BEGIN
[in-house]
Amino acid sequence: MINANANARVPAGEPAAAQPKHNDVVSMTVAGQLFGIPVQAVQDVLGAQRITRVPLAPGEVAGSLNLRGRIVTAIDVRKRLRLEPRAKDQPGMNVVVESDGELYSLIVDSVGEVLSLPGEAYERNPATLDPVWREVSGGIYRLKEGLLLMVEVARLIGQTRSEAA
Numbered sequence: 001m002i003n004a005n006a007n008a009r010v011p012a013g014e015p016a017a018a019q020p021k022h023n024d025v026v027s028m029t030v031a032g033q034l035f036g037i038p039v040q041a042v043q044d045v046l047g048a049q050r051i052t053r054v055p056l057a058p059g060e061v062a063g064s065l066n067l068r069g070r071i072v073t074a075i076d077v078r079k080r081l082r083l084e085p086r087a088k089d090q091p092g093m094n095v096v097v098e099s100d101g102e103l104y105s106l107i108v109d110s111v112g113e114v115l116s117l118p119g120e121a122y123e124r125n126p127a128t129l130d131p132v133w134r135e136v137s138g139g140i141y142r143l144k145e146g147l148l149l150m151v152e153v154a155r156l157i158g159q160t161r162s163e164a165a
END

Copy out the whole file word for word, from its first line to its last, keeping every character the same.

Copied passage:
[in-house]
Amino acid sequence: MINANANARVPAGEPAAAQPKHNDVVSMTVAGQLFGIPVQAVQDVLGAQRITRVPLAPGEVAGSLNLRGRIVTAIDVRKRLRLEPRAKDQPGMNVVVESDGELYSLIVDSVGEVLSLPGEAYERNPATLDPVWREVSGGIYRLKEGLLLMVEVARLIGQTRSEAA
Numbered sequence: 001m002i003n004a005n006a007n008a009r010v011p012a013g014e015p016a017a018a019q020p021k022h023n024d025v026v027s028m029t030v031a032g033q034l035f036g037i038p039v040q041a042v043q044d045v046l047g048a049q050r051i052t053r054v055p056l057a058p059g060e061v062a063g064s065l066n067l068r069g070r071i072v073t074a075i076d077v078r079k080r081l082r083l084e085p086r087a088k089d090q091p092g093m094n095v096v097v098e099s100d101g102e103l104y105s106l107i108v109d110s111v112g113e114v115l116s117l118p119g120e121a122y123e124r125n126p127a128t129l130d131p132v133w134r135e136v137s138g139g140i141y142r143l144k145e146g147l148l149l150m151v152e153v154a155r156l157i158g159q160t161r162s163e164a165a